Starting today, states can choose to take the first steps toward the massive expansion of insurance coverage that is the health overhaul's chief goal. And for some states, that move could have the benefit of reviving funding for state-run programs that insure low-income adults.
As of April 1, states can apply for federal funding to expand their Medicaid programs to cover low-income people earning up to 133 percent of the poverty level, or $14,404 for an individual and $29,326.50 for a family of four. If implemented nationwide, this vast increase would bring 15 million more people into the safety-net program, according to the Congressional Budget Office.
Typically, Medicaid covers kids from families that earn less than the poverty level, and in some cases, their parents. Adults without children are usually not eligible, although some states include them.
States that choose to take the federal government up on this offer would still have to pay their share of the new Medicaid costs until increased federal support begins in 2014, when the expansion is required of all states. On average, states pay more than 40 percent of the Medicaid tab. For states such as Nevada and West Virginia, which are struggling to meet their existing obligations, that requirement would be tough.
But, for a few states, the early expansion could provide a needed windfall. Maine, Washington, Minnesota and a handful of others already offer coverage for low-income people who earn too much to receive federal help under traditional Medicaid rules – and the states pay for it out of their own coffers. For them, the provision could mean the federal government for the first time would pick up a portion of the tab for those enrollees.
These states could take a variety of approaches. Washington state officials said they will suggest an alternative to expanding the traditional Medicaid plan. They would ask the Obama administration to waive some Medicaid rules – not an uncommon request – and subsidize their Basic Health Plan, a state-financed program that helps insure people earning up to twice the poverty level.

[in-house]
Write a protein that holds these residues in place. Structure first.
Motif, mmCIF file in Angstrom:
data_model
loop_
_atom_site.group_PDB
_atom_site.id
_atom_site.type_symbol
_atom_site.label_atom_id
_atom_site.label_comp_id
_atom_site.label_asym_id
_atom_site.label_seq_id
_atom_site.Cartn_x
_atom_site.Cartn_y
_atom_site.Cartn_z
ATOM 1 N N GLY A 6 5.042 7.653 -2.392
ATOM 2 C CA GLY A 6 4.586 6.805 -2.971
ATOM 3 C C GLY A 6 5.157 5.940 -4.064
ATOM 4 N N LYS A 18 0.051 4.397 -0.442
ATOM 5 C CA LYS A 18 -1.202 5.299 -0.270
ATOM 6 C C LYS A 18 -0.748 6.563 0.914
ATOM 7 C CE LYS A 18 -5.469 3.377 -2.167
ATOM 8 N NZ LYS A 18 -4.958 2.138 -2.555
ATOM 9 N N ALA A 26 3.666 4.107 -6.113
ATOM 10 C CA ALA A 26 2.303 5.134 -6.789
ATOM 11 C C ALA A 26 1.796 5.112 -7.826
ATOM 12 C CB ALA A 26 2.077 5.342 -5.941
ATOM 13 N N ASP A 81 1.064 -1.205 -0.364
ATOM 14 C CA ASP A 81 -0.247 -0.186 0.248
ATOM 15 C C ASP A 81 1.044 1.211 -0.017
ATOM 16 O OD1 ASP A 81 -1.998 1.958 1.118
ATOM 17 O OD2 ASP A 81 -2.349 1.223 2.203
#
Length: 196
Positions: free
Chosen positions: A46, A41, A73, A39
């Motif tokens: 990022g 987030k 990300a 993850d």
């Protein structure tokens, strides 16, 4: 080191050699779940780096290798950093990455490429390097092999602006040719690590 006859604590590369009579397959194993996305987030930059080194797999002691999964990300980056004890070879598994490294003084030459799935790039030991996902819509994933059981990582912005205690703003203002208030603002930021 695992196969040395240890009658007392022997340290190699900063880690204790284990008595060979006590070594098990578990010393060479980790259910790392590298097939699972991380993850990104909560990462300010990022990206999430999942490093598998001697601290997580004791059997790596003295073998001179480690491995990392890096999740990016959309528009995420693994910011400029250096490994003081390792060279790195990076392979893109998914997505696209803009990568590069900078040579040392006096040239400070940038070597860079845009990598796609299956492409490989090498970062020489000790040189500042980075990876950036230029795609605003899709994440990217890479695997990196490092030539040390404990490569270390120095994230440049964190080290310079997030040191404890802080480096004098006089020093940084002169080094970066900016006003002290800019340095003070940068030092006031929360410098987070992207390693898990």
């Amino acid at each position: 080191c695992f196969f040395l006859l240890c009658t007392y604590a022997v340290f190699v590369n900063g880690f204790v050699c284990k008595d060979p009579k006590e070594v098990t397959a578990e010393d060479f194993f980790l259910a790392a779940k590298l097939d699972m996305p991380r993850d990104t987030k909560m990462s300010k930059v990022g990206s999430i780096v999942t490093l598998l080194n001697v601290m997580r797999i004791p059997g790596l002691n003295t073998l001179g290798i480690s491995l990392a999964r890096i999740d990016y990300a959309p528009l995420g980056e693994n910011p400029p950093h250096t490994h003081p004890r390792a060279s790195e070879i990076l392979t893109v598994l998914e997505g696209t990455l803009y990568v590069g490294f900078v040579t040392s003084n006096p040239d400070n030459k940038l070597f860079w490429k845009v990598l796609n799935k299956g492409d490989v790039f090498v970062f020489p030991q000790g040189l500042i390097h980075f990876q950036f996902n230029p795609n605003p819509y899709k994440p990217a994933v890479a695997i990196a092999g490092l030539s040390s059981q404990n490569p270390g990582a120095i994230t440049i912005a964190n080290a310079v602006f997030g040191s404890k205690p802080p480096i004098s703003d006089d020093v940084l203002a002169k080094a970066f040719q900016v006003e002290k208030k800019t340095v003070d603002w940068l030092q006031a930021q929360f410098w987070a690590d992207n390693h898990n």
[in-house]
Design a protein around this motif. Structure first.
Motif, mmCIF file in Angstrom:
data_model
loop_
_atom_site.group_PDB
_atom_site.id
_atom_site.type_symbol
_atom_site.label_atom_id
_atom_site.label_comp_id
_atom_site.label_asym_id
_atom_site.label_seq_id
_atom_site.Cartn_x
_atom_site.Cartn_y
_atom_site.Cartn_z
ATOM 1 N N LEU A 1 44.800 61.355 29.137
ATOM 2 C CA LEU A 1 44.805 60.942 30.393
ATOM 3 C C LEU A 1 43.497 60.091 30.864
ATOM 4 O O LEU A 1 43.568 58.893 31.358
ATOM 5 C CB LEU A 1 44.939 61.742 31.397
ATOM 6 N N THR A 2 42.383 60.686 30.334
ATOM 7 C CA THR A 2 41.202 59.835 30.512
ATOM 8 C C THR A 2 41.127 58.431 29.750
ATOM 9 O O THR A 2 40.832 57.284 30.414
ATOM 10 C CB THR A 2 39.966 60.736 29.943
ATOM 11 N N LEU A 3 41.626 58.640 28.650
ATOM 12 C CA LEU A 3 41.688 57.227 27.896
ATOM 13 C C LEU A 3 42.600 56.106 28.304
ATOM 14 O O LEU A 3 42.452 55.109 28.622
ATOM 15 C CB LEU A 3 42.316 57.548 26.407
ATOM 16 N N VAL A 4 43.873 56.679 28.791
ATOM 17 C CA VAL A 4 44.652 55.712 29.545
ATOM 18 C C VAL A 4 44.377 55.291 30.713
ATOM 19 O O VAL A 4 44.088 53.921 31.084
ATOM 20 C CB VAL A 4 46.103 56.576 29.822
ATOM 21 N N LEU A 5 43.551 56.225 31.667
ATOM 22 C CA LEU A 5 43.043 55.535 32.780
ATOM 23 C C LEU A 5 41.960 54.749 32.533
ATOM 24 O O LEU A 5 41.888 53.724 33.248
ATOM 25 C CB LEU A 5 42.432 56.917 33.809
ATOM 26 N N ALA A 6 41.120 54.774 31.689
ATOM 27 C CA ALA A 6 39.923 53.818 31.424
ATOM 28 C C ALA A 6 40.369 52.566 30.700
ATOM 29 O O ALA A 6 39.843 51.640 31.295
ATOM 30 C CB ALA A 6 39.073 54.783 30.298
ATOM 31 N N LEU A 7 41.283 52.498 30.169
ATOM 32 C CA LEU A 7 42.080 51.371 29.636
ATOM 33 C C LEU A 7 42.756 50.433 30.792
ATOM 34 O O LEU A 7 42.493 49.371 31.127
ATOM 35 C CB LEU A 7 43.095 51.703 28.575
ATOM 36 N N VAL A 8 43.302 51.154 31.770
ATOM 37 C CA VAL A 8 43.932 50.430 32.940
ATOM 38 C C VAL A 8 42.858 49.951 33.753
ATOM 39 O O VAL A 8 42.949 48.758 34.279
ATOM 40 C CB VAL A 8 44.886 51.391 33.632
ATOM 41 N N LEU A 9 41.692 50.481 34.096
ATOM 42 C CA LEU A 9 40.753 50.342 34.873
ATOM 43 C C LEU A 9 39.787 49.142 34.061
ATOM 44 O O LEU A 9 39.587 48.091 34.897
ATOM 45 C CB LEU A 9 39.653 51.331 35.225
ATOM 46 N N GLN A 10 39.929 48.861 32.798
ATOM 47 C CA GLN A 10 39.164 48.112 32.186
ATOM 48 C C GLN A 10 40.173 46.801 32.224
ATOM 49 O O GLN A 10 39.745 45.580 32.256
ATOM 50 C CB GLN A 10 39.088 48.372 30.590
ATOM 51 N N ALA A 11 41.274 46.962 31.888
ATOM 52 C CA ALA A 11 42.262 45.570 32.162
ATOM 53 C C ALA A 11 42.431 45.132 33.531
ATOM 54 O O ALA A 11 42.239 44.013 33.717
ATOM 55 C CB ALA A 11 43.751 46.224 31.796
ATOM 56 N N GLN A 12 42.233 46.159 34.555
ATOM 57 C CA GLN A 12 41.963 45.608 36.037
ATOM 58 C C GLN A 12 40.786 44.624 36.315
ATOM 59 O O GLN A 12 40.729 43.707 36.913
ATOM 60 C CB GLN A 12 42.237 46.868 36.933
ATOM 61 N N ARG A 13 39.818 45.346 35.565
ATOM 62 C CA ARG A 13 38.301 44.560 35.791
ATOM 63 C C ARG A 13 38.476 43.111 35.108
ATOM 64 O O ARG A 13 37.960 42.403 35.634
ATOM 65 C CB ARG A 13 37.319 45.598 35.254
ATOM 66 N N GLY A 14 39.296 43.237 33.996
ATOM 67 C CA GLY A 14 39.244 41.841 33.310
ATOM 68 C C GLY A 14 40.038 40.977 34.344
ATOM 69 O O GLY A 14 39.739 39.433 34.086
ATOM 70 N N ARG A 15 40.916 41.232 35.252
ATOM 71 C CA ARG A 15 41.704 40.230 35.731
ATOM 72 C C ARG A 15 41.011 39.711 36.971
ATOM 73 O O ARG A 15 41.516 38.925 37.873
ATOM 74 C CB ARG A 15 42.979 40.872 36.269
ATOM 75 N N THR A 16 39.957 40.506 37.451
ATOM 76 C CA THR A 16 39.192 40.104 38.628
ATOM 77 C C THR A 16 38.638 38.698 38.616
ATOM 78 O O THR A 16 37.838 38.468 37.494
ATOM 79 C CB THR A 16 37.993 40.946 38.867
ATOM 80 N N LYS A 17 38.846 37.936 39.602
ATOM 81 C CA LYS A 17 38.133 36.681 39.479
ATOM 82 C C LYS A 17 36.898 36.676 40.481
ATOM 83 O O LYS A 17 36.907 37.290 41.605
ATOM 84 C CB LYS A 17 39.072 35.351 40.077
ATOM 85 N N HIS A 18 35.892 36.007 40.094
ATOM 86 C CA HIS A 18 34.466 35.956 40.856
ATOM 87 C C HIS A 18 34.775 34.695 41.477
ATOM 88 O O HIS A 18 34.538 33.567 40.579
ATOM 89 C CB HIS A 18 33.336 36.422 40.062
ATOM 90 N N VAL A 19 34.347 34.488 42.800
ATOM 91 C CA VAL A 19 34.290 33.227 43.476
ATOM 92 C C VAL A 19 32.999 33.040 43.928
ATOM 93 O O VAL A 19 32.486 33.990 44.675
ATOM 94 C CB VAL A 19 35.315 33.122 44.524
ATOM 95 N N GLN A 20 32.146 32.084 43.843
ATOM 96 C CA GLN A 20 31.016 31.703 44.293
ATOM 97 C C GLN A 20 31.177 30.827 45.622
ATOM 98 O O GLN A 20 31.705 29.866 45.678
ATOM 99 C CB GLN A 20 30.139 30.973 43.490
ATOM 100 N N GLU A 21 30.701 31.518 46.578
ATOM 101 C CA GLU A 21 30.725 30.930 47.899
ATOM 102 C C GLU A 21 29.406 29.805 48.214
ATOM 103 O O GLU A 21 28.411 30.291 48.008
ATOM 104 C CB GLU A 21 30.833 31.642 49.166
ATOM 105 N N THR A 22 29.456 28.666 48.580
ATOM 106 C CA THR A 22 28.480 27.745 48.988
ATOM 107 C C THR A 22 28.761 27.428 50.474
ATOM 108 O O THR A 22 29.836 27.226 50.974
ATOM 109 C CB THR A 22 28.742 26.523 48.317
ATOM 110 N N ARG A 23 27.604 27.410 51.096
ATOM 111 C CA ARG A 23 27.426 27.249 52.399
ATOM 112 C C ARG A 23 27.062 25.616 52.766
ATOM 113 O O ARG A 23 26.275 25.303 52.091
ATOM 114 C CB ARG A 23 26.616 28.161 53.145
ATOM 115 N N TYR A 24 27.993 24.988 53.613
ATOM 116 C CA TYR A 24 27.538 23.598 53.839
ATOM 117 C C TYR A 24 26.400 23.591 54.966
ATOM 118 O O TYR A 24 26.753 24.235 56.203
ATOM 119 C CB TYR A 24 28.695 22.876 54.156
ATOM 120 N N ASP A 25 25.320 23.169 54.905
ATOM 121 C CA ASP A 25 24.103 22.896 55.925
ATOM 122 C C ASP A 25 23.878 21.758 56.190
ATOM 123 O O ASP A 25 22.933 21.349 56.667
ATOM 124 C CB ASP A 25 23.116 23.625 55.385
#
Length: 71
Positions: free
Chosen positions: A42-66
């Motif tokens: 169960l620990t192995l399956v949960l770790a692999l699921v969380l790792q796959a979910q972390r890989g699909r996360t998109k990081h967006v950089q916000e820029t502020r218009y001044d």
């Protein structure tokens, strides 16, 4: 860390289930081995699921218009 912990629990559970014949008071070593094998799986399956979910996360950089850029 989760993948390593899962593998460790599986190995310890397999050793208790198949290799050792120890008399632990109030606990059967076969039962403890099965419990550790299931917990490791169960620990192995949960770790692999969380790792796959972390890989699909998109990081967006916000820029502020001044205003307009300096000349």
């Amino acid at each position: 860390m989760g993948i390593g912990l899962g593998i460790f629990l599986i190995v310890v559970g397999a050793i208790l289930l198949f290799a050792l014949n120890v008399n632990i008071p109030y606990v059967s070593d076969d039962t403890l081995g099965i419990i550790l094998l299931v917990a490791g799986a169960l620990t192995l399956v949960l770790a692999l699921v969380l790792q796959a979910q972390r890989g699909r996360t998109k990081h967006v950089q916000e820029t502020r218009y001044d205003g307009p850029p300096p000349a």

If the administration agrees, the federal government could cover more than 60 percent of the cost for participants in that plan who earn less than 133 percent of the poverty line, the cut-off for the Medicaid expansion. The state would probably continue subsidizing some higher earners on its own. State officials said it was not yet clear whether Basic Health would provide benefits to more people with the addition of federal funding.
The new federal subsidy could be worth $52 million to $60 million a year for Washington state, according to Democratic Gov. Christine Gregoire's office. The state would also ask the federal government to subsidize a separate state health plan, known as General Assistance-Unemployable, with up to $40 million. Sen. Maria Cantwell, D-Wash., who promoted the provision during the congressional debate as a way of supporting Basic Health, had earlier estimated the federal contribution as high as $180 million a year.
Under Medicaid rules, states have always been allowed to make changes to benefits to expand access, but they must first get approval from the federal government. Federal officials normally don't allow changes that would cost more overall.